For CGT training, the future’s made of virtual reality

Students in Birmingham, UK are being trained in the production and administration of cell and gene therapies using virtual reality software.

Josh Abbott

February 13, 2023

3 Min Read
For CGT training, the future’s made of virtual reality
Image: DepositPhotos/ Tzido

Students in Birmingham, UK are being trained in the production and administration of cell and gene therapies (CGTs) using virtual reality software. BioProcess Insider spoke with Professor Ivan Wall, co-founder and CEO of FourPlus Immersive, to find out more.

Wall’s company produces virtual reality (VR) software that students and biopharmaceutical industry professionals use to train in good manufacturing practices (GMPs), which recreates the hands-on experience of cleanroom manufacturing.

Apprentices train at the National Training Centre for Advanced Therapies Manufacturing at a site at the University of Birmingham in England, where Wall serves as director. There, the trainees are fit with VR headsets where they are oriented to a virtual cleanroom facility that is modeled after one from the real world. Within virtual reality, trainees learn how to gown, clean, and train in health-and-safety compliance before ever entering an actual cleanroom.


Image: DepositPhotos/

“If you take people into a GMP facility there’s a lot of cost associated with that,” Wall told BioProcess Insider at Advanced Therapies Week in Miami, Florida, last month. “But when you train people with a virtual reality headset, all you need is 2 m2 per person and wi-fi support.”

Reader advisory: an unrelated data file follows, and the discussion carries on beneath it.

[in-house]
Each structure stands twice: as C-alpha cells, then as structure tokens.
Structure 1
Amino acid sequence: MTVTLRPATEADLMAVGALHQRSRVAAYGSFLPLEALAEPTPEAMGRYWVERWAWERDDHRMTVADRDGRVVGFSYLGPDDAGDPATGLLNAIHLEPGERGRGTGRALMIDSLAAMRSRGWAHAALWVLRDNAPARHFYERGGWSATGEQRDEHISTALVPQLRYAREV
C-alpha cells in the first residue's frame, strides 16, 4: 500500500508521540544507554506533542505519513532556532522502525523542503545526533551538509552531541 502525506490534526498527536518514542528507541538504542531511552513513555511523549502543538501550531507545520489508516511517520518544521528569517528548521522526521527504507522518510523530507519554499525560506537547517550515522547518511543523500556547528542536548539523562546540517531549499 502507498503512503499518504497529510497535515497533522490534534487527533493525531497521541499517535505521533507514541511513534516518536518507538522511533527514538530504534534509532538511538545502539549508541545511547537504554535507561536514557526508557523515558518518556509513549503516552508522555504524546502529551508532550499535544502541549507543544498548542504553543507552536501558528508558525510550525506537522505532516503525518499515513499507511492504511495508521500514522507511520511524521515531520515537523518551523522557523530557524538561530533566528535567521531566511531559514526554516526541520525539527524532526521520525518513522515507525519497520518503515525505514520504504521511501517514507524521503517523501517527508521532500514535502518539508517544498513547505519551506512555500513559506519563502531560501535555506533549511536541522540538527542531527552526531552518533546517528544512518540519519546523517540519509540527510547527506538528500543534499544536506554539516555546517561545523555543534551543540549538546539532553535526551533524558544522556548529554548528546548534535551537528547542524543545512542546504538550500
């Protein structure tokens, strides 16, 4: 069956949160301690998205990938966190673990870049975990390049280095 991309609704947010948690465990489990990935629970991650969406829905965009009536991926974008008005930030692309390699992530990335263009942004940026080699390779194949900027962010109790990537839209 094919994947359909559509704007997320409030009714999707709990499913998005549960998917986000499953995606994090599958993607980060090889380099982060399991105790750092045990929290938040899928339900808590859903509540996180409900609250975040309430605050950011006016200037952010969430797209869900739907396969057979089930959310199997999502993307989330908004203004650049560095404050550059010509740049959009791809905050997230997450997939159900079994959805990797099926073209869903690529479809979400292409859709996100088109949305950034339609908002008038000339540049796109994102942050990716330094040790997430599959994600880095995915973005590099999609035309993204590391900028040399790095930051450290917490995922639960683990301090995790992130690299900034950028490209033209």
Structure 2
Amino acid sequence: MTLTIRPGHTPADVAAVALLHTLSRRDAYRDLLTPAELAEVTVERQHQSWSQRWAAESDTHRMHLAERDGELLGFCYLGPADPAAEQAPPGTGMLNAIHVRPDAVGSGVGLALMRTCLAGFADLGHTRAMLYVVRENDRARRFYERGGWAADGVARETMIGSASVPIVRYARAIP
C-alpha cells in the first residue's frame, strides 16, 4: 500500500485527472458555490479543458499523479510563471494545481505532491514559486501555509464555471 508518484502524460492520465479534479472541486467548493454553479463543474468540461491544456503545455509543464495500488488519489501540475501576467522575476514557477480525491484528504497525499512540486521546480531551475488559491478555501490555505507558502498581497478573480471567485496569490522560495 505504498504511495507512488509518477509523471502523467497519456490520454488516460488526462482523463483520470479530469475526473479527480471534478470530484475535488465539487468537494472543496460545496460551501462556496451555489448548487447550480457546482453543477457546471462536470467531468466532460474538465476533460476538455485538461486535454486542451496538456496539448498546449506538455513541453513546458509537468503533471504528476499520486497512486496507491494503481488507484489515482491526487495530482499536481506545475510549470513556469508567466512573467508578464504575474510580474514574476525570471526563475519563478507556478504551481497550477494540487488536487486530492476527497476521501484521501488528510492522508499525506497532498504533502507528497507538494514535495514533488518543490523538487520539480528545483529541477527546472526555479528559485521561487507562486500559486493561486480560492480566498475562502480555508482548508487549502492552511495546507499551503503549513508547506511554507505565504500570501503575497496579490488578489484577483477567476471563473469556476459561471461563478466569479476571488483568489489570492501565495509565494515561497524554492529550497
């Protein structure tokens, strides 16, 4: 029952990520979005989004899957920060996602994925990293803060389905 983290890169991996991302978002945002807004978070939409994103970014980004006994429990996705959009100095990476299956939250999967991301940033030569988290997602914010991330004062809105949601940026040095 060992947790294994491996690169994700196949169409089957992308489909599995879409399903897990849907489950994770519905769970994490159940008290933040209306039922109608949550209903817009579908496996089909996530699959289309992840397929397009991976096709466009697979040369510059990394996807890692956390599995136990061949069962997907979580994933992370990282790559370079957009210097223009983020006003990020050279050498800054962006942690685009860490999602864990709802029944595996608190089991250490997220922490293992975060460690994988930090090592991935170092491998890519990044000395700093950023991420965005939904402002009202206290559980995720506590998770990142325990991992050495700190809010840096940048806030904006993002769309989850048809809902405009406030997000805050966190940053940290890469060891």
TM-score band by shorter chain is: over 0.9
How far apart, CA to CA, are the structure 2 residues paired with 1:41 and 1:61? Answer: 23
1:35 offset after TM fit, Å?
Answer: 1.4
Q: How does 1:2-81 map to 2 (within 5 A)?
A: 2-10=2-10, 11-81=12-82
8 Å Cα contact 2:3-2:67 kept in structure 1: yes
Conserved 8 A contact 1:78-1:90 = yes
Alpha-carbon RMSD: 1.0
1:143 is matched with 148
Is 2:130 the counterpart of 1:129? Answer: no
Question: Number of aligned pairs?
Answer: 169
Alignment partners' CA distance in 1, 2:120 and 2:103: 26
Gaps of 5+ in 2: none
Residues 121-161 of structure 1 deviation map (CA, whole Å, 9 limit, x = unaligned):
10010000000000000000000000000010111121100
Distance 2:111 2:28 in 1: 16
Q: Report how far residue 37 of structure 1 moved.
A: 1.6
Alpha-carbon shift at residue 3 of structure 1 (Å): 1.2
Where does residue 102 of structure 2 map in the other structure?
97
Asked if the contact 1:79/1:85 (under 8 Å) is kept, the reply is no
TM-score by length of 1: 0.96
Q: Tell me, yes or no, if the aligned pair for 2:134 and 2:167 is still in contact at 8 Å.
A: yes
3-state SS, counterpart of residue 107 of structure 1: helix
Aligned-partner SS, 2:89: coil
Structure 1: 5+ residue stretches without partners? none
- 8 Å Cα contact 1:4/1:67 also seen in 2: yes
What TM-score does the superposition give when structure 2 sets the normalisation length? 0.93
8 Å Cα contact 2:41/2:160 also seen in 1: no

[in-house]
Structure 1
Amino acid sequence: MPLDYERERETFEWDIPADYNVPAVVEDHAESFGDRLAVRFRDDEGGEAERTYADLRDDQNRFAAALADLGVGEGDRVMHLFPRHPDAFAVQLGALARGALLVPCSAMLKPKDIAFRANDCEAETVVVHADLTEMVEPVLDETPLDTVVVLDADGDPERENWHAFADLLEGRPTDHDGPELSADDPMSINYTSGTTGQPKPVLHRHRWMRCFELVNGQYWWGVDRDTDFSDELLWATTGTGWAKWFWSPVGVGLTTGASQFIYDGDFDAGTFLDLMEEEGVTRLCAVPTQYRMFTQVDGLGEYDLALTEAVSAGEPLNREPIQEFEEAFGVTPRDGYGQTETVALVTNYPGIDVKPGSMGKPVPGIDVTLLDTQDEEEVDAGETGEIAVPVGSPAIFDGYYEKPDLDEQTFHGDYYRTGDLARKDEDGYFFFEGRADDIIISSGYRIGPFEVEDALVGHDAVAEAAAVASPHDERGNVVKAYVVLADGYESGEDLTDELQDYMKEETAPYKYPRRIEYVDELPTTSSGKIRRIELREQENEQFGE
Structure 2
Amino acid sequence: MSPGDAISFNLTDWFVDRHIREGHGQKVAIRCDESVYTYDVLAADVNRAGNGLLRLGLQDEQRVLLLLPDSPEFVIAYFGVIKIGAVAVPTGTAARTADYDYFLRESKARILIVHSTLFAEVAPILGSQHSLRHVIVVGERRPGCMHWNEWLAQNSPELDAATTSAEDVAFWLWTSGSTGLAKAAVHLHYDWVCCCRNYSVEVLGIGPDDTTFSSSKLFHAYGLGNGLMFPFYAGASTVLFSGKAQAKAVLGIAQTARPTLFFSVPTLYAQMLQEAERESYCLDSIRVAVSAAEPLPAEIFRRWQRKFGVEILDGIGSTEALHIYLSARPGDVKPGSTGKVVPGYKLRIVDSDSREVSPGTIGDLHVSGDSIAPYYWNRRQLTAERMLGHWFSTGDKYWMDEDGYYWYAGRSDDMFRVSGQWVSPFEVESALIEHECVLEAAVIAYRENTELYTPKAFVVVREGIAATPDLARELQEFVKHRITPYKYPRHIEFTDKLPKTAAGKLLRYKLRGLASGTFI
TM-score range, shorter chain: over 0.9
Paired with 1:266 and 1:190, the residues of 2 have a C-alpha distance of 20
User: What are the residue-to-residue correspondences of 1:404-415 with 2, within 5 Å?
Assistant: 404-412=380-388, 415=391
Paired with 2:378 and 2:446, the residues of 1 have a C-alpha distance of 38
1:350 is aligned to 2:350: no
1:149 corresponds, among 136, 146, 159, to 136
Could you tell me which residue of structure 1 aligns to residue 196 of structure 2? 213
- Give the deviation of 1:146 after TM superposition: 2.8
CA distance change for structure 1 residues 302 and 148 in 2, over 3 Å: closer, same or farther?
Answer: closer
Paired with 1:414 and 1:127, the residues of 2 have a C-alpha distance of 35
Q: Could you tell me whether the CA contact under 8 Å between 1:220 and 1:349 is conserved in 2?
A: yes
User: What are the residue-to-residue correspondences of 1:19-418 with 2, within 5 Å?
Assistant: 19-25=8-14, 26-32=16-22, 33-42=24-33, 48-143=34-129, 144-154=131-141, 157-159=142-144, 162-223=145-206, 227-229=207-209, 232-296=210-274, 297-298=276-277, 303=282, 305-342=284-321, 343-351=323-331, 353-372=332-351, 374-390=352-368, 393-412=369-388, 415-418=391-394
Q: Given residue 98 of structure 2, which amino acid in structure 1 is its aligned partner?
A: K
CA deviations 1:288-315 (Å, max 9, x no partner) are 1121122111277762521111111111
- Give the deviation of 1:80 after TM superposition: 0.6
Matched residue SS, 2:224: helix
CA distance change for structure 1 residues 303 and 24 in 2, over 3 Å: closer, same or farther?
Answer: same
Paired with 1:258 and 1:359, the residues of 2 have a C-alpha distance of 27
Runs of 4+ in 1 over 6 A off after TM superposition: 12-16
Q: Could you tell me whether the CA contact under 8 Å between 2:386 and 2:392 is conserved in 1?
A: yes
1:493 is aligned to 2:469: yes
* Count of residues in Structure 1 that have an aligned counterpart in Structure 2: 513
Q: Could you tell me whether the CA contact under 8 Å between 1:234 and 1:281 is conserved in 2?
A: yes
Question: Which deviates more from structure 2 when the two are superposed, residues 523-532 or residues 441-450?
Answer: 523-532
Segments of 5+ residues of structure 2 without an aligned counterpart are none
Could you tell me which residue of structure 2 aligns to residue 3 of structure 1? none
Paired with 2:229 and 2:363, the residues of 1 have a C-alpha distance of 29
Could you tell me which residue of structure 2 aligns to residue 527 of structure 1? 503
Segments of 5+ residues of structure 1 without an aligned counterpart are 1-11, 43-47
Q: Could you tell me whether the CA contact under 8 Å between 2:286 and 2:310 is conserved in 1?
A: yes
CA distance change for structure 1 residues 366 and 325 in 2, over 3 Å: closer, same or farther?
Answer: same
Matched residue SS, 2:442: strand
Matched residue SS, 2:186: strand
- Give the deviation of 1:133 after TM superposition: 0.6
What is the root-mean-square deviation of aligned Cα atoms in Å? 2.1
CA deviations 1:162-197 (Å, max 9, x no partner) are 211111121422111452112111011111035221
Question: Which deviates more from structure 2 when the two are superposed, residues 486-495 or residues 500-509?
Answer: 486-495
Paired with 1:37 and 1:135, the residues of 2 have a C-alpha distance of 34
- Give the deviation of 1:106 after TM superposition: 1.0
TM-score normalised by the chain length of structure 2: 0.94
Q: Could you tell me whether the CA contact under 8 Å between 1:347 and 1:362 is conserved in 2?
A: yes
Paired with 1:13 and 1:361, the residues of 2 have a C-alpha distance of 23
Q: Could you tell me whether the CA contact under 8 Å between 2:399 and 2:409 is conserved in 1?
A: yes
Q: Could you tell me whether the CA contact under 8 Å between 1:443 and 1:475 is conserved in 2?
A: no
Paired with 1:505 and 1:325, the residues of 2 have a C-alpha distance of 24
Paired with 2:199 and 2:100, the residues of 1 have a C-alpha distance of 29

Wall said using VR technology to train new personnel reduces environmental impacts while improving efficiency dramatically. He added VR use has “been demonstrated in a number of sectors to significantly accelerate the time to competence. If you can do that, you can also reduce the associated costs.”

The idea of using VR as a training tool came to Wall when he was working as a professor fulltime at Aston University. “I was interested in exploring how we might use technology for education,” he told us. “I realized that the way that we do things in universities doesn’t necessarily prepare graduates for what those actual jobs will look like and what the workplace actually looks like.”

Wall attended Advanced Therapies Week in 2020 to evaluate the needs of the CGT sector and see if his idea would satisfy an unfilled niche. He said digital technology was still in the early stages when applied to CGT training, and that gave him an opportunity.

Months later when the COVID-19 lockdown happened, Wall built a replica of a lab at Aston University. “Within a couple of weeks, I could do cell culture in my living room in a virtual reality headset.”

The program has since advanced, and Wall believes it will hold a substantial role in the future of CGT training because of its myriad advantages. Costs, for example, are reduced because trainees do not need to handle single-use bags. Such bags can cost thousands of pounds and are thrown out or incinerated after use. Wall said it can take up to 40 weeks to even acquire a bag, given the slow nature of the supply chain. Such difficulties restrict bag-use, as bags are sorely needed during actual production.

VR training has the ability to upscale a workforce that has struggled to keep up with a recent string of successful clinical trials CGT approvals by regulatory bodies. The sector is growing rapidly, requiring a skilled manufacturing workforce.

“In other sectors, for example in orthopedic surgery, we’re seeing surgeons train 570% faster.” While Wall doesn’t promise such drastic efficiency improvements in CGT training, he does expect a significant benefit. “Even if we’re very conservative and we say there will be a 30% reduction in training time by using VR, that translates to significant cost savings.”

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